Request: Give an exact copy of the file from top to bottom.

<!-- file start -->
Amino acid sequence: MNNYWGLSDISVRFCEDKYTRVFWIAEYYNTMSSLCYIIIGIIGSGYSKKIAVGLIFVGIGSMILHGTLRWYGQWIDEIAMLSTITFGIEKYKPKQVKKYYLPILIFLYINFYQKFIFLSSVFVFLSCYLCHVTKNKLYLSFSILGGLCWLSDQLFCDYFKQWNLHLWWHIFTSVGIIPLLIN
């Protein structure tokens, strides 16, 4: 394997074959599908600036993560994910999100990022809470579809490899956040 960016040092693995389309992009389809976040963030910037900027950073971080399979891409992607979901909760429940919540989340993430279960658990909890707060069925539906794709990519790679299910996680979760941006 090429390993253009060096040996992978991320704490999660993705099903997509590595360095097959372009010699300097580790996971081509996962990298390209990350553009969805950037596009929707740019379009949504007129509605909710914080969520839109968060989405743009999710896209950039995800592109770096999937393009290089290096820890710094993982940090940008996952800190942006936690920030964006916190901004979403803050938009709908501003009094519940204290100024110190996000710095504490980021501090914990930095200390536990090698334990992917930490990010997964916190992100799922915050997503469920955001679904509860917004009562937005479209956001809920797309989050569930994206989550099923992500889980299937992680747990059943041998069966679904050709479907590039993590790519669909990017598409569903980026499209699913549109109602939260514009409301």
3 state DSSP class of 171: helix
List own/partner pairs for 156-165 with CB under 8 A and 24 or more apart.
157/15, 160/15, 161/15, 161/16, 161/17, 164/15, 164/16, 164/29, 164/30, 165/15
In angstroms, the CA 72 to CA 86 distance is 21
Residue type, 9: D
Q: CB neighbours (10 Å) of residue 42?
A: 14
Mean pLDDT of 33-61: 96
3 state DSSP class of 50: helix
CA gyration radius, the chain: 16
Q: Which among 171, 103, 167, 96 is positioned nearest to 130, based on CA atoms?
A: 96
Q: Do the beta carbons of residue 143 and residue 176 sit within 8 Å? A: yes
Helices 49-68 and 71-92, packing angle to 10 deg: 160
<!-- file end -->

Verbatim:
Amino acid sequence: MNNYWGLSDISVRFCEDKYTRVFWIAEYYNTMSSLCYIIIGIIGSGYSKKIAVGLIFVGIGSMILHGTLRWYGQWIDEIAMLSTITFGIEKYKPKQVKKYYLPILIFLYINFYQKFIFLSSVFVFLSCYLCHVTKNKLYLSFSILGGLCWLSDQLFCDYFKQWNLHLWWHIFTSVGIIPLLIN
């Protein structure tokens, strides 16, 4: 394997074959599908600036993560994910999100990022809470579809490899956040 960016040092693995389309992009389809976040963030910037900027950073971080399979891409992607979901909760429940919540989340993430279960658990909890707060069925539906794709990519790679299910996680979760941006 090429390993253009060096040996992978991320704490999660993705099903997509590595360095097959372009010699300097580790996971081509996962990298390209990350553009969805950037596009929707740019379009949504007129509605909710914080969520839109968060989405743009999710896209950039995800592109770096999937393009290089290096820890710094993982940090940008996952800190942006936690920030964006916190901004979403803050938009709908501003009094519940204290100024110190996000710095504490980021501090914990930095200390536990090698334990992917930490990010997964916190992100799922915050997503469920955001679904509860917004009562937005479209956001809920797309989050569930994206989550099923992500889980299937992680747990059943041998069966679904050709479907590039993590790519669909990017598409569903980026499209699913549109109602939260514009409301």
3 state DSSP class of 171: helix
List own/partner pairs for 156-165 with CB under 8 A and 24 or more apart.
157/15, 160/15, 161/15, 161/16, 161/17, 164/15, 164/16, 164/29, 164/30, 165/15
In angstroms, the CA 72 to CA 86 distance is 21
Residue type, 9: D
Q: CB neighbours (10 Å) of residue 42?
A: 14
Mean pLDDT of 33-61: 96
3 state DSSP class of 50: helix
CA gyration radius, the chain: 16
Q: Which among 171, 103, 167, 96 is positioned nearest to 130, based on CA atoms?
A: 96
Q: Do the beta carbons of residue 143 and residue 176 sit within 8 Å? A: yes
Helices 49-68 and 71-92, packing angle to 10 deg: 160